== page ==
07-08 JUILLET 2010


 - 08 JUILLET :

 - ITALIE :  A Copper Age tribe may have enjoyed a primitive cinematic experience by making stone engravings in an echo-filled Alpine valley, researchers say. Torchlight and flickering shadows would have made the engravings on stone walls seem to come alive at night. And spoken words that became magnified in a natural outdoor theater could have awakened the storytelling imaginations of observers.


 - ROYAUME-UNI : Happisburgh - Une étude sur des découvertes archéologiques britanniques a permis de découvrir que l'homme a occupé la Grande-Bretagne il y a plus de 800.000 ans, soit 100.000 ans plus tôt que ce que les scientifiques pensaient jusqu'alors. 78 outils et éclats de silex découverts près de Happisburgh, dans le comté de Norfolk, à l’Est du pays, ont révélé un présence humaine en Europe du Nord plus ancienne que ce qui était jusque là jugé possible. Le site est alors devenu la plus ancienne implantation connue dans le nord de l'Europe.


 - U.S.A. : Ohio - The 77-year-old Reynoldsburg man has been in a three-year battle with the Historical Society to recover an artifact he found as a boy - a piece of pre-history from the Early Woodland Adena culture that was probably created 400 years or more before the birth of Christ.


 - AUSTRALIE : Experts are divided over whether a huge gallery of ancient Aboriginal rock art in Western Australia is withstanding the effect of industry in the area. The debate comes with the release of recent studies on the heritage-listed Burrup Peninsula petroglyphs (rock engravings) presented today at the Australian Earth Sciences Convention in Canberra.


 - TURQUIE : Eceabat - Executives with the Çanakkale Archeological Museum launched excavations at the ancient city of Madytos in Canakkale's Eceabat town in order to declare new archeological protection sites. Excavation team has unearthed remains of architectural buildings dating to late Byzantine and Ottoman eras, graves, coins and ceramics. The first settlement in what is now Eceabat was founded by the Thracians, a Balkan people. Later the settlement became known as Madytos and later as Madytos and received migrants coming from Foca (Phokai), Miletos and Midilli Island (Lesbos).



 - EGYPTE : Marriage and family were the core of ancient Egyptian society, and their practice of early marriage stemmed from their belief that a committed and happy family would lead to secure and contented children who would be the future adults of a stable society.  Legal documents show clearly that married men and women had well-defined responsibilities. The bride might bring with her into the marriage domestic equipment, textiles and sometimes a donkey -- the main means of transport at the time. The groom built the house and gave his wife commodities and items of jewellery.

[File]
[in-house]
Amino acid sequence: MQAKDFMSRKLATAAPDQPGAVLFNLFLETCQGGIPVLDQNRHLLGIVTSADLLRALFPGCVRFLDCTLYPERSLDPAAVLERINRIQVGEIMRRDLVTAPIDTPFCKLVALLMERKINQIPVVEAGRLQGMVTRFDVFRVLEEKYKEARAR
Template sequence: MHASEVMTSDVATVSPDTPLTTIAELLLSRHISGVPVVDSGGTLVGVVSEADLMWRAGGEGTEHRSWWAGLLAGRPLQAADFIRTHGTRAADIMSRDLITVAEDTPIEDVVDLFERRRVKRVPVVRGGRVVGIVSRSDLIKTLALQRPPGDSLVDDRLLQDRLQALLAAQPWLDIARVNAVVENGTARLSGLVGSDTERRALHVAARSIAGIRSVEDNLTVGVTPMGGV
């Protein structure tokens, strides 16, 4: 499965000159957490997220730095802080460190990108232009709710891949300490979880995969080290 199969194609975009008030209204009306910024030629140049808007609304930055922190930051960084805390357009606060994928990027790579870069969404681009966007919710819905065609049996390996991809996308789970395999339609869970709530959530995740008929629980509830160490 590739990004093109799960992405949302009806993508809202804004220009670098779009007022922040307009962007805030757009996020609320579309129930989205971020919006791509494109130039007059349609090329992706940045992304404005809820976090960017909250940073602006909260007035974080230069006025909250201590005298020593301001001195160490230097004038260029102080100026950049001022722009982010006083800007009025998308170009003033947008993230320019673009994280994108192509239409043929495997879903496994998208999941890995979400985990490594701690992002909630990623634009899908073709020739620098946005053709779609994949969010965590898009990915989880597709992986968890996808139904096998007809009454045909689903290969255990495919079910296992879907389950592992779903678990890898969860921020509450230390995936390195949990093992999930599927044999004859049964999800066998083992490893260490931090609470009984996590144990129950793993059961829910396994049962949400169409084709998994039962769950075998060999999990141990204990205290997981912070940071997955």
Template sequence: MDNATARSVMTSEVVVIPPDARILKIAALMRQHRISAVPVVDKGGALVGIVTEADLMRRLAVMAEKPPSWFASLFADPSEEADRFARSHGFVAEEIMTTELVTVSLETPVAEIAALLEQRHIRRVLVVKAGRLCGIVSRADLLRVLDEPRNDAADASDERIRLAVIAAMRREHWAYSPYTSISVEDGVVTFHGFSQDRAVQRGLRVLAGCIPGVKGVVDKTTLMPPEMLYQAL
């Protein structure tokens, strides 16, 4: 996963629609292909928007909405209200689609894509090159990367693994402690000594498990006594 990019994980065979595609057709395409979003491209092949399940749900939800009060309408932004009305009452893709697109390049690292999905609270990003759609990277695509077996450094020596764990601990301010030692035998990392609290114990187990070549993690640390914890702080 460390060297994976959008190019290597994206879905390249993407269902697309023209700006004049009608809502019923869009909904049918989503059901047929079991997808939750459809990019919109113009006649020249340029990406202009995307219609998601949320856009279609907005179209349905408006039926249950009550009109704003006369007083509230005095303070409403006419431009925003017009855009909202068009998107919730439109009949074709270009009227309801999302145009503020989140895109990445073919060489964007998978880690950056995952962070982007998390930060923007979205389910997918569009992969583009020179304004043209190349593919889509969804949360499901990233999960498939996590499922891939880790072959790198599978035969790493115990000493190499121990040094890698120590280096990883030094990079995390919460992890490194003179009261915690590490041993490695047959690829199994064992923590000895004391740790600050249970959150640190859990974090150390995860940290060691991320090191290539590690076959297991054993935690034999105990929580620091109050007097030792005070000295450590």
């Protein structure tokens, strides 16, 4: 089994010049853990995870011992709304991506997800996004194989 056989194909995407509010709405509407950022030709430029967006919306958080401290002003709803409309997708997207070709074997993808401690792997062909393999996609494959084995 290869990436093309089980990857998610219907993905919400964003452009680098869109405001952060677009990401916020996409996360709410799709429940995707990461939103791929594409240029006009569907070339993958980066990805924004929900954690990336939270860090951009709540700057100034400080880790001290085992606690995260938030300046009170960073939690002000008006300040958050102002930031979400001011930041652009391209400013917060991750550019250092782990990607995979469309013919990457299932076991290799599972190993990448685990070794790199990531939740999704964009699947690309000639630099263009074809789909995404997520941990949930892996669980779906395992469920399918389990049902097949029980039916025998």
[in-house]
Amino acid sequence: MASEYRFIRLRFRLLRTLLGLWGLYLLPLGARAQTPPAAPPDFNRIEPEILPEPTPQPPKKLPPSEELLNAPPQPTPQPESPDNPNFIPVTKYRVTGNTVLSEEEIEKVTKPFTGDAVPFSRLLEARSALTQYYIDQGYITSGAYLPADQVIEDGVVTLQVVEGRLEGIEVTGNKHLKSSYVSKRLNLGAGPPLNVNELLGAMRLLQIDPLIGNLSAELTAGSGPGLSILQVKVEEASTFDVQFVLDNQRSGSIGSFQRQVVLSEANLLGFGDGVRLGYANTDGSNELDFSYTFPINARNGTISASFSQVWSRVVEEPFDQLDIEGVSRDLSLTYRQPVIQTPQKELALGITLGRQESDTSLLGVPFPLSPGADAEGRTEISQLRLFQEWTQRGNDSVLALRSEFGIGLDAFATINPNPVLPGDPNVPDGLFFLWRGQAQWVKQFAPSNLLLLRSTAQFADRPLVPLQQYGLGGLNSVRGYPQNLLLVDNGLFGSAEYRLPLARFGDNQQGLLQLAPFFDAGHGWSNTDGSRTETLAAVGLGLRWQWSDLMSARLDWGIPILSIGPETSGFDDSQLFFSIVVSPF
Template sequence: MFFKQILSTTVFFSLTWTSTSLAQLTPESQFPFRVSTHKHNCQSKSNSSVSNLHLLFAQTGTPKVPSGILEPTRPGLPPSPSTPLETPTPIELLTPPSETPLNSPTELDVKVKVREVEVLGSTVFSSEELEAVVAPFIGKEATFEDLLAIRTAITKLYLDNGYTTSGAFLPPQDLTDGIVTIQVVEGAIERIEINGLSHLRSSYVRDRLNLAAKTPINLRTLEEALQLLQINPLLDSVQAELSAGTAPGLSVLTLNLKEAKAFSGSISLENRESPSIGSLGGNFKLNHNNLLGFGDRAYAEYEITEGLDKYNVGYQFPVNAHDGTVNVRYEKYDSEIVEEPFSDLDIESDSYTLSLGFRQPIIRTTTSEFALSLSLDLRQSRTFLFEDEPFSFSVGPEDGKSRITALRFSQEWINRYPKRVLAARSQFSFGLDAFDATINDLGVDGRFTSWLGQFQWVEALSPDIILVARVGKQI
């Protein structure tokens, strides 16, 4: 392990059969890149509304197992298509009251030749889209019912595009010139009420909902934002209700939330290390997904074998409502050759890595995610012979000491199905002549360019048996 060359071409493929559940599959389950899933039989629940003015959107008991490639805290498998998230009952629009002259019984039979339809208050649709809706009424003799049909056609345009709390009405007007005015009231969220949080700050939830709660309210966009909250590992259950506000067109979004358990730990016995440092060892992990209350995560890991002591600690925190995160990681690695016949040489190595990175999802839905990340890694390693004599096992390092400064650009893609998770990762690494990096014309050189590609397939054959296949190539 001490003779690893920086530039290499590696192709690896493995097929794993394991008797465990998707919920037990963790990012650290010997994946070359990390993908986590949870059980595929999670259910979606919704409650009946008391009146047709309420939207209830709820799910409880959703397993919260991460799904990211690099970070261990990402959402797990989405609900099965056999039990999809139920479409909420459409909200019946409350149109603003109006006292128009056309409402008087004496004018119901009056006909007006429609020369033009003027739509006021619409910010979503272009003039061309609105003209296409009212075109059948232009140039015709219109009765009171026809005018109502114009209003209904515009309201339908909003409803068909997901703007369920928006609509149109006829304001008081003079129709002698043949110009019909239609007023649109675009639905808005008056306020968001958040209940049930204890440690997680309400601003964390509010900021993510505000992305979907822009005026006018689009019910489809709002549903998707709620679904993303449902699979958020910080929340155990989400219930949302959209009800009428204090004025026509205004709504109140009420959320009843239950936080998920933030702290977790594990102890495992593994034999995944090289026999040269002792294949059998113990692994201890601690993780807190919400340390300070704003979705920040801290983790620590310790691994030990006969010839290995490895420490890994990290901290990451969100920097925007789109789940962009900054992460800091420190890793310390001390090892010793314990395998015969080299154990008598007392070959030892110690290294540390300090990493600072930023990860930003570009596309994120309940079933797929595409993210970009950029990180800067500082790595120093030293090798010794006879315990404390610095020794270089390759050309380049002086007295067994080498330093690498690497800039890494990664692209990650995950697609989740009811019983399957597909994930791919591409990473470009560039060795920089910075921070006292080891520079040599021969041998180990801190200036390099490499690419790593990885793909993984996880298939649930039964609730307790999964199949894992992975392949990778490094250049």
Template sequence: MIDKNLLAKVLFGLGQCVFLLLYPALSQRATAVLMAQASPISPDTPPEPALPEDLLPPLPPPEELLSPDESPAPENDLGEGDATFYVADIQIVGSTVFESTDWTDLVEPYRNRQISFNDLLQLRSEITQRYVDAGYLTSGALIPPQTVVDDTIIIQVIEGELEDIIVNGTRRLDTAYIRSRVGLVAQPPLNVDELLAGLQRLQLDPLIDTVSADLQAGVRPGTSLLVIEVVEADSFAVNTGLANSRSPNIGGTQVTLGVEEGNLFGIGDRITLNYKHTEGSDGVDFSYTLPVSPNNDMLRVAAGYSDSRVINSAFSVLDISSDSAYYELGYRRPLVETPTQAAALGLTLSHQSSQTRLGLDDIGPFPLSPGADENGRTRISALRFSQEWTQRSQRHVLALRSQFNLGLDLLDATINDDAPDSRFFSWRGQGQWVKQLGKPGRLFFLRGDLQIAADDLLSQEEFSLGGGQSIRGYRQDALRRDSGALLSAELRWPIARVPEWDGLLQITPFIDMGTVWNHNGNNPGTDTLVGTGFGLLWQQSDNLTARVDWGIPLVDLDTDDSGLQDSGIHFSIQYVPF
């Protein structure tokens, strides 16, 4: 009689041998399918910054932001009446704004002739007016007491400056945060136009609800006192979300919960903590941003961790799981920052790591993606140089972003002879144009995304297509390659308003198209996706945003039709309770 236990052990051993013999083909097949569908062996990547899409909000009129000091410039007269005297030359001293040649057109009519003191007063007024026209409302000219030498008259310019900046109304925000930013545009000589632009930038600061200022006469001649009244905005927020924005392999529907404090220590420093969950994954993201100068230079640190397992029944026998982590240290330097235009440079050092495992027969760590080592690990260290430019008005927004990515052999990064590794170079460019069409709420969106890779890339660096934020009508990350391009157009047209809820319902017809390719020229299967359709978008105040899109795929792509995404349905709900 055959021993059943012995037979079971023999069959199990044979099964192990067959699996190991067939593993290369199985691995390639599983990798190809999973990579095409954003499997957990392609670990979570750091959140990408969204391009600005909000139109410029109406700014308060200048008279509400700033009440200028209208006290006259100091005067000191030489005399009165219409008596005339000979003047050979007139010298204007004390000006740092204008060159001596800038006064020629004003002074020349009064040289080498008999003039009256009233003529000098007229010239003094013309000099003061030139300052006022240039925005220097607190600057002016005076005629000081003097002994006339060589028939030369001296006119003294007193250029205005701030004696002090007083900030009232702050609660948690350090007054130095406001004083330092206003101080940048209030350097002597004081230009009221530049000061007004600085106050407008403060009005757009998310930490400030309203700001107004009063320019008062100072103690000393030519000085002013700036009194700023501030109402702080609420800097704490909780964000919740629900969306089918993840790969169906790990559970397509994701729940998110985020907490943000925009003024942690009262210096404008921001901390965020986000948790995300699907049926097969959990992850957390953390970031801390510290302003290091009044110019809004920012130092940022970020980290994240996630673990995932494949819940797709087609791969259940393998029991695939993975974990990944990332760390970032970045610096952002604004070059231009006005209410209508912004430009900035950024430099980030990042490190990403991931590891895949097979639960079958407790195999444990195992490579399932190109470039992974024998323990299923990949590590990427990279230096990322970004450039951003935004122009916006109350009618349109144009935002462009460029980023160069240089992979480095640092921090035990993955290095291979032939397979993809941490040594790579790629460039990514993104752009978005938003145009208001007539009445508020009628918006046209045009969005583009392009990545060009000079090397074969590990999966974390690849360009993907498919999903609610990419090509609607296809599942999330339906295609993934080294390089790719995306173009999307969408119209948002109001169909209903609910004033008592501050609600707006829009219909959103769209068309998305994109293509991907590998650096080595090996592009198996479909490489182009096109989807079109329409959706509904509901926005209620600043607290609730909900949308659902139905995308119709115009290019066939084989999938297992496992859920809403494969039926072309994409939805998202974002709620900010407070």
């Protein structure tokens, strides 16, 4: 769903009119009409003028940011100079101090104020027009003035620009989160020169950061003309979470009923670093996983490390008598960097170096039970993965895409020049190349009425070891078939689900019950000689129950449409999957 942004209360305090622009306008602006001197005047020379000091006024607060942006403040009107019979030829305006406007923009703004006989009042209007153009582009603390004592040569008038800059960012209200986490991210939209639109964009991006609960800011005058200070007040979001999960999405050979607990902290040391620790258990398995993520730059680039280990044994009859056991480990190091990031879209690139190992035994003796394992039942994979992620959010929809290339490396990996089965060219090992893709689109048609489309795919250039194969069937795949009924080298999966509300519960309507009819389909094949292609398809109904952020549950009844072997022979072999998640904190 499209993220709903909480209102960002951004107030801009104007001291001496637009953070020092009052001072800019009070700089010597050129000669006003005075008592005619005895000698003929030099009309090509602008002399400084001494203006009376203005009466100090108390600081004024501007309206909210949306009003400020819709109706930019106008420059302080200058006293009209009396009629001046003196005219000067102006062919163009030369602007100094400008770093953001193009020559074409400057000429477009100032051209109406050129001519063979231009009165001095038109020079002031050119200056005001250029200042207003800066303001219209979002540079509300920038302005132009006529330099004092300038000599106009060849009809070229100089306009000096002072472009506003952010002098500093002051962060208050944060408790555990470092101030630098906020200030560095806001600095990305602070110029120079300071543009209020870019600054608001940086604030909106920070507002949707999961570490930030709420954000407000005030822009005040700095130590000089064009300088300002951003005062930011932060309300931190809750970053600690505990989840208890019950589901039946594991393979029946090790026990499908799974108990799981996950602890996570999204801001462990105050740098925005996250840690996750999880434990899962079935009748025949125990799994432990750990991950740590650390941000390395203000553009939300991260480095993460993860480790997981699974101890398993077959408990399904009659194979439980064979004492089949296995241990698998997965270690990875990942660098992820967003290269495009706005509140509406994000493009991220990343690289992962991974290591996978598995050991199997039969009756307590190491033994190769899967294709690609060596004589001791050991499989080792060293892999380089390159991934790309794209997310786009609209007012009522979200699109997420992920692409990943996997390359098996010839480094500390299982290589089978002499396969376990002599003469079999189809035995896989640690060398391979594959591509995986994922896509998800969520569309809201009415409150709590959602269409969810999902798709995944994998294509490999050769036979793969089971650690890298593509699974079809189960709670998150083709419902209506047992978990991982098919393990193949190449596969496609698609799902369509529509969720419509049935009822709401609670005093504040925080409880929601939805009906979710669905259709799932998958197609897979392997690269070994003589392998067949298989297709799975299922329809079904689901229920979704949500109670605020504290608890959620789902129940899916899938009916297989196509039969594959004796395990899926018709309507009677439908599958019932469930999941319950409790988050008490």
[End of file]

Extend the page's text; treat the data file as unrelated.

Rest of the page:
- SYRIE :    Musical scholar Ziad Ajjan composed eight poetry and musical pieces from the musical archaeological cuneiform tablet known as "Hymn of Supplication" H6 discovered in Ugarit in the early 20th century. Ajjan composed three musical pieces based on the musical notes in the tablet which dates back to 1400 BC, naming the pieces "Sunrise," "Sunset" and "Holiday in Ugarit."This marks the recording of the oldest music notation in the history of the world.


 - ROYAUME-UNI : Frome - The largest single hoard of Roman coins ever found in Britain has been unearthed on a farm near Frome in Somerset. A total of 52,500 bronze and silver coins dating from the 3rd century AD – including the largest ever found set of coins minted by the self proclaimed emperor Carausius, who lasted seven years before he was murdered by his finance minister – were found by Dave Crisp, a hobby metal detectorist from Devizes, Wiltshire. How they got into the field remains a mystery, but archaeologists believe they must represent the life savings of an entire community – possibly a votive offering to the gods. A Roman road runs nearby, but no trace of a villa, settlement or cemetery has been found.


 - CONGO : VIDEO - Un archéologue au Congo . Il arpente le Bas Congo à la recherche des sites d'art rupestre.


 - 07 JUILLET :